Novel therapies are necessary to improve outcomes for patients with salivary gland carcinomas. This is especially true in a subset of patients with advanced disease not amenable to local therapies or for those with recurrent disease. In this setting, oncolytic viral therapy is emerging as an attractive option. Several oncolytic viruses have been reported57 to selectively infect, replicate within, and ultimately lyse a host cancer cell. One concern when considering clinical implementation of oncolytic viral therapy is its potential for exhibiting pathologic behavior. Vaccinia virus is an orthopoxvirus that, in addition to its natural tropism to tumors, has a remarkable safety record in its widespread historic use in humans as a vaccine for smallpox. Vaccinia possesses many favorable characteristics as an oncolytic virus, including a large genome that can accommodate multiple gene insertions, a broad host range suitable for preclinical evaluation, and rapid replication.

GLV-1h68 is a recombinant, replication-competent vaccinia virus genetically engineered to enhance tumor specificity and introduce diagnostic reporter genes. Introduction of thymidine kinase mutation renders viral replication exquisitely dependent on host cell thymidine kinase for the synthesis of deoxyribonucleotides. Because cancer cells have a relatively high concentration of deoxyribonucleotides in comparison with healthy cells, thymidine kinase mutation enhances tumor-specific replication while attenuating viral ability to replicate in healthy cells. Inactivation of the hemagglutinin gene by insertional mutation further reduces the virulence of vaccinia. In addition, 3 reporter genes— RUC-GFP, β-galactosidase, and β-glucuronidase genes—were inserted in the F14.5L to allow real-time imaging of tumor-specific viral entry and replication.17

The purpose of this study was to explore the potential usefulness of GLV-1h68 as a therapeutic agent for human salivary gland carcinomas in vitro and in vivo. The effects of GLV-1h68 were examined in a panel of 5 salivary carcinoma cell lines in vitro. These cell lines represent a spectrum of salivary carcinomas, including poorly and well-differentiated mucoepidermoid carcinomas and adenocarcinomas of both minor and major salivary gland origin. All 5 cell lines were susceptible to viral entry, viral gene expression (β-galactosidase, GFP, and luciferase), and cell lysis. Notably, the mucoepidermoid cell lines were exquisitely sensitive to GLV-1h68, demonstrating significant cell death by day 7 at a very low MOI of 0.01. The less-sensitive adenocarcinoma cell lines showed significant cytotoxic reactions at a higher MOI of 5.0. The relative sensitivity of 5 cell lines reflects their susceptibility to viral entry and gene expression. This correlation suggests that viral entry and early gene expression by GLV-1h68 may define the subsequent ability of the virus to lyse the host cancer cell.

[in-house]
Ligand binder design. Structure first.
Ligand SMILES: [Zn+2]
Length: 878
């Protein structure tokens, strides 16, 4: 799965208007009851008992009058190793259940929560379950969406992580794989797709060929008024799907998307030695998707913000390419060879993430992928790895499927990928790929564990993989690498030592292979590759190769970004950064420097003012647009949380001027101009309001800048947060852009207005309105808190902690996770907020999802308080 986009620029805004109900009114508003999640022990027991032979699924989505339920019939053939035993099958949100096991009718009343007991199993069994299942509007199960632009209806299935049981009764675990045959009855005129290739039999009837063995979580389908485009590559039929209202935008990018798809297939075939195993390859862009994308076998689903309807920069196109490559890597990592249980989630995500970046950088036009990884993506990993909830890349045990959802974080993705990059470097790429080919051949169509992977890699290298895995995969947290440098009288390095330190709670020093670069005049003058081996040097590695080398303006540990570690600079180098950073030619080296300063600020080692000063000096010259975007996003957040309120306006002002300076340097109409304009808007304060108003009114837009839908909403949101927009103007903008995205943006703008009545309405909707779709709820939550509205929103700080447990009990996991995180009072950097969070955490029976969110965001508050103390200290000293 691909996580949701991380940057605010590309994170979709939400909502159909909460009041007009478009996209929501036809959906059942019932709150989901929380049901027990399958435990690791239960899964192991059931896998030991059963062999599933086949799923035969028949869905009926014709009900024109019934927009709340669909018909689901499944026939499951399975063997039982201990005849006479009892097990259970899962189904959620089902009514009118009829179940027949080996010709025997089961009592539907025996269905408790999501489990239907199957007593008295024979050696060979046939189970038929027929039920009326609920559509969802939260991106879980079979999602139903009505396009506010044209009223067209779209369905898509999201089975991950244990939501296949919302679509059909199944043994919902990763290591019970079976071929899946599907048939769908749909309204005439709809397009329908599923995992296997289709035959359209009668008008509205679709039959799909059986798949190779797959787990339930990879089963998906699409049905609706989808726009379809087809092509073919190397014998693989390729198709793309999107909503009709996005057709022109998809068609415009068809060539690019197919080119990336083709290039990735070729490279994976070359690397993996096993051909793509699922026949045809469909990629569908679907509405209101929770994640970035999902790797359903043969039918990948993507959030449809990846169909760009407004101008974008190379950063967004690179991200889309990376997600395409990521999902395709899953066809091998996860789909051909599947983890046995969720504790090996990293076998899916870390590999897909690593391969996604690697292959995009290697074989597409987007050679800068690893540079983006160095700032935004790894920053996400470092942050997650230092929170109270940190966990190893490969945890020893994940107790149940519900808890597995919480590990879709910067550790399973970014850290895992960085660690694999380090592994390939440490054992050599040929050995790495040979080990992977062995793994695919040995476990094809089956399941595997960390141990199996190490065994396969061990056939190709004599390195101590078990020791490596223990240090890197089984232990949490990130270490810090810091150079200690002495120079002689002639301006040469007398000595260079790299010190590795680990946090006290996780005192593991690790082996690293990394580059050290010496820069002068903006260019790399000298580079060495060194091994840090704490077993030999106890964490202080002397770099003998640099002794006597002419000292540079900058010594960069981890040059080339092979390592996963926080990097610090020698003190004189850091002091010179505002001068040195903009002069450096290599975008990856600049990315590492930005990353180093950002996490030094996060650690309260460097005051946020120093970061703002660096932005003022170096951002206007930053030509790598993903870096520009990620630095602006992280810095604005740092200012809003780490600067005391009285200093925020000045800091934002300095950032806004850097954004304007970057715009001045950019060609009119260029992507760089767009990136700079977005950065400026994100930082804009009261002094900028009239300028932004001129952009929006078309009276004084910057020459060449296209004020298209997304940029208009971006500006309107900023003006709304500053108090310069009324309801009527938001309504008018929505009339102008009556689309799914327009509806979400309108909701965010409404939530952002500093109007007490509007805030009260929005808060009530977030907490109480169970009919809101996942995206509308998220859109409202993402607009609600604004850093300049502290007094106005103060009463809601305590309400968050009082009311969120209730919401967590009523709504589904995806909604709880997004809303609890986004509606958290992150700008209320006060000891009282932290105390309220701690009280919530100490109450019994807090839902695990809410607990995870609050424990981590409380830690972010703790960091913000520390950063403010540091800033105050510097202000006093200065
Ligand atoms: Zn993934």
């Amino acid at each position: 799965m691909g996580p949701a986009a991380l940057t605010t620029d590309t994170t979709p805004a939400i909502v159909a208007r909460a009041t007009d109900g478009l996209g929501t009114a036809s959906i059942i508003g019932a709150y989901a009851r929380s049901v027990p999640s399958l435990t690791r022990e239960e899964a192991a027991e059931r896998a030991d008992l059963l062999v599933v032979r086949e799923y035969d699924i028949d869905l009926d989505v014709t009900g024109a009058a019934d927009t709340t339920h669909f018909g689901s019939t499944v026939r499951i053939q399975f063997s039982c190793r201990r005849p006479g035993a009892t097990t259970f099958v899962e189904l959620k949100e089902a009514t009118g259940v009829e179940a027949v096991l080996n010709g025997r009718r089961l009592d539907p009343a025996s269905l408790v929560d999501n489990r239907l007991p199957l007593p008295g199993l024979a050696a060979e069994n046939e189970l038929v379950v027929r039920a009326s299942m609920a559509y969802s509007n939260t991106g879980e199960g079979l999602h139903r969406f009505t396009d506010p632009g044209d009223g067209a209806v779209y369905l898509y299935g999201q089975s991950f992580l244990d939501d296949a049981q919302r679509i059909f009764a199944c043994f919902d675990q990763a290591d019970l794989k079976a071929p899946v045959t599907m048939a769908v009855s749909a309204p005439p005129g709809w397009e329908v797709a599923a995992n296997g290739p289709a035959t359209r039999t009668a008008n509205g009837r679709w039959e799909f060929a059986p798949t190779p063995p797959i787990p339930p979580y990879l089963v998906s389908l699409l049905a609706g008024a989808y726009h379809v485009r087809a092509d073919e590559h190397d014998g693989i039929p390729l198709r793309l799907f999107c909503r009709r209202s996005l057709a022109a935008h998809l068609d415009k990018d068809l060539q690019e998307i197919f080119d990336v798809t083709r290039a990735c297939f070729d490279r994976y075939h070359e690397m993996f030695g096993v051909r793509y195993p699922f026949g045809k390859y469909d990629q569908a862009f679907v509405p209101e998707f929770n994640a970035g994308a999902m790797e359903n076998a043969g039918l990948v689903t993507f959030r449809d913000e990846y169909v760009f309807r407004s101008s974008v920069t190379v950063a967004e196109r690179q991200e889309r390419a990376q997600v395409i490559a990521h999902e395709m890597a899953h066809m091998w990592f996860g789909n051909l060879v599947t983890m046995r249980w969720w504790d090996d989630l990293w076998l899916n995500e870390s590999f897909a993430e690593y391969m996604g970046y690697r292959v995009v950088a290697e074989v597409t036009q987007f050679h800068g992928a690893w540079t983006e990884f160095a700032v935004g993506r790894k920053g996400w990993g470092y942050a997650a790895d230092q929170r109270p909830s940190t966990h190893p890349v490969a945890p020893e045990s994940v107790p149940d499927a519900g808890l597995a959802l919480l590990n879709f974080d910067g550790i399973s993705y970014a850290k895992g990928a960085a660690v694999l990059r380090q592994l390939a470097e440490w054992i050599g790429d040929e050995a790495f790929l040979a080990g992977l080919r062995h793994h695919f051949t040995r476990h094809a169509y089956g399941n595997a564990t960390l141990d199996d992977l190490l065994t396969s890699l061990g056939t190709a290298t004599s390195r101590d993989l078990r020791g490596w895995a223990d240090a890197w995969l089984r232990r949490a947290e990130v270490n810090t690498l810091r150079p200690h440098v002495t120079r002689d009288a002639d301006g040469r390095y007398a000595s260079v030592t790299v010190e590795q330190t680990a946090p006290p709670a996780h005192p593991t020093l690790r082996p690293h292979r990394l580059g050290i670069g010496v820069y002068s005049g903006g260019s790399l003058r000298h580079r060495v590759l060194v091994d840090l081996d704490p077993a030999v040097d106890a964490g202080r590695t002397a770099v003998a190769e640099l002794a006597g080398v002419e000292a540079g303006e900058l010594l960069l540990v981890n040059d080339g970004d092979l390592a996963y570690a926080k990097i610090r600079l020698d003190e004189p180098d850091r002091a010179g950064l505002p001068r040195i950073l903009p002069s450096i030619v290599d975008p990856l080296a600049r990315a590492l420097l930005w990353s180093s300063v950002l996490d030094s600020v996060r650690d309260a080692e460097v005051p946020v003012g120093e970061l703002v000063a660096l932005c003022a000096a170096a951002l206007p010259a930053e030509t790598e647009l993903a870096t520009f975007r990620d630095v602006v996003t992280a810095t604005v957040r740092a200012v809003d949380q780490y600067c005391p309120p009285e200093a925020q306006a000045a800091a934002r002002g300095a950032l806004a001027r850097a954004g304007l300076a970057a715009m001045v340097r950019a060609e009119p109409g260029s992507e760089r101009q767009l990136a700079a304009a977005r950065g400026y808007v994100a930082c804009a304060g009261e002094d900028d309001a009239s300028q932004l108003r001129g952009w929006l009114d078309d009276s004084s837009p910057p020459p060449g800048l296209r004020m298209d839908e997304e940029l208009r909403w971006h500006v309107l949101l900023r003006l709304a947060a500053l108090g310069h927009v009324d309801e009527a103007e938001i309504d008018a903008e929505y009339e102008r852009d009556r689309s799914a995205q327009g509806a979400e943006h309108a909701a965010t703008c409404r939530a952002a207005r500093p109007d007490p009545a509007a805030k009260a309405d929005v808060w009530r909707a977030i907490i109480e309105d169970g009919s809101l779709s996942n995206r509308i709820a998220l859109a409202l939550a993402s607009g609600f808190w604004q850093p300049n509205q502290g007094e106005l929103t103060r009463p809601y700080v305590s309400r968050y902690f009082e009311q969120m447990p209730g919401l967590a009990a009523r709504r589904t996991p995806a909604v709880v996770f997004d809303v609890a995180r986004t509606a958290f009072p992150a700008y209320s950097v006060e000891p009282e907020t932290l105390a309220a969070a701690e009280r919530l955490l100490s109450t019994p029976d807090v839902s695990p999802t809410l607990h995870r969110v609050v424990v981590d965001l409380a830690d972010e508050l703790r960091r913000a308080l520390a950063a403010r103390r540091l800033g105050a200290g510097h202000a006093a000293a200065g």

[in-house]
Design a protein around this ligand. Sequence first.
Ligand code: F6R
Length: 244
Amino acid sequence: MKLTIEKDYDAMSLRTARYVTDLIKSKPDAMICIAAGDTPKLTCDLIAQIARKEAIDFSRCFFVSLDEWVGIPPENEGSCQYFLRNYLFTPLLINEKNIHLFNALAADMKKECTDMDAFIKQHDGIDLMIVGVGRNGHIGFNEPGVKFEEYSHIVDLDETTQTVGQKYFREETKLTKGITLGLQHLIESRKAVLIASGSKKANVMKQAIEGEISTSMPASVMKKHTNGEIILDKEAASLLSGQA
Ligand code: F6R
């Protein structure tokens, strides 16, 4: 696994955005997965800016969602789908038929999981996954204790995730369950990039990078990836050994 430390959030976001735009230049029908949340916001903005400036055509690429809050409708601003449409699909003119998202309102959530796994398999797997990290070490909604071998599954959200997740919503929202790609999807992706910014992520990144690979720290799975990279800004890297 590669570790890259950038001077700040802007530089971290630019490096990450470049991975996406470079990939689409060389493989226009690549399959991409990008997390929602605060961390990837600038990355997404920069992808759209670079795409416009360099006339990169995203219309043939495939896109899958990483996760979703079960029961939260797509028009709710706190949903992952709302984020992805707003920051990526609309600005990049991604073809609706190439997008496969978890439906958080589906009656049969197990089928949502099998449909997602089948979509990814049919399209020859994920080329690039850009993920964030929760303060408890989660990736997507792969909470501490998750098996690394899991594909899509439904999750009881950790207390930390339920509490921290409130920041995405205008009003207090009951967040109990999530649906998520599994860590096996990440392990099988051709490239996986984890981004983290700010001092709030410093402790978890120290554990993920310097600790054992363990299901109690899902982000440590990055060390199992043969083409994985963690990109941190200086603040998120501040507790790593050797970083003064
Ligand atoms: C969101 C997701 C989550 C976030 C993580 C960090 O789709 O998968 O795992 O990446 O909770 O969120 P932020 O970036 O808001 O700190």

To examine the therapeutic efficiency of GLV-1h68 in vivo, we used 2 different models: murine flank and orthotopic parotid tumors. Traditionally, a subcutaneous xenograft tumor model has been used in most preclinical studies on the basis of several studies1820 reporting its ability to predict the clinical activity of cytotoxic agents. However, other studies21 had called the usefulness of the subcutaneous xenograft model into question. The National Cancer Institute examined 39 agents with xenograft data and available phase 2 clinical trial results. This analysis revealed that, with the exception of lung non–small-cell cancer, in vivo activity tested in a subcutaneous xenograft model does not closely correlate with therapeutic response in clinical trials. Therefore, orthotopic xenograft models were introduced as more physiologically relevant with respect to organ-specific abnormalities, microenvironment, and growth, with hopes to recapitulate the biologic behavior of human tumors. In fact, it has been shown22,23 that tumors grown orthotopically reflect the clinical effects of drugs more closely than tumors grown subcutaneously. We therefore used an orthotopic tumor model, in addition to a subcutaneous xenograft, to demonstrate the efficacy of oncolytic vaccinia virus in vivo.

An orthotopic parotid tumor model has been established and characterized.24,25 To evaluate the therapeutic efficiency of GLV-1h68, we established a subcutaneous model and a parotid gland tumor model using an undifferentiated mucoepidermoid human carcinoma cell line (HTB-41). In contrast to subcutaneous tumors, which were freely mobile, smaller (average maximum size, 384 mm2), and well encapsulated on HE, parotid tumors were poorly mobile, larger (1032 mm2), and exhibited extracapsular spread as well as bone and perineural invasion. More rapid tumor growth and aggressive local invasion correlate closely with the biologic behavior of human poorly differentiated mucoepidermoid carcinoma. Therefore, an orthotopic parotid tumor model might predict more accurately the clinical response of human tumors to oncolytic vaccinia virus therapy.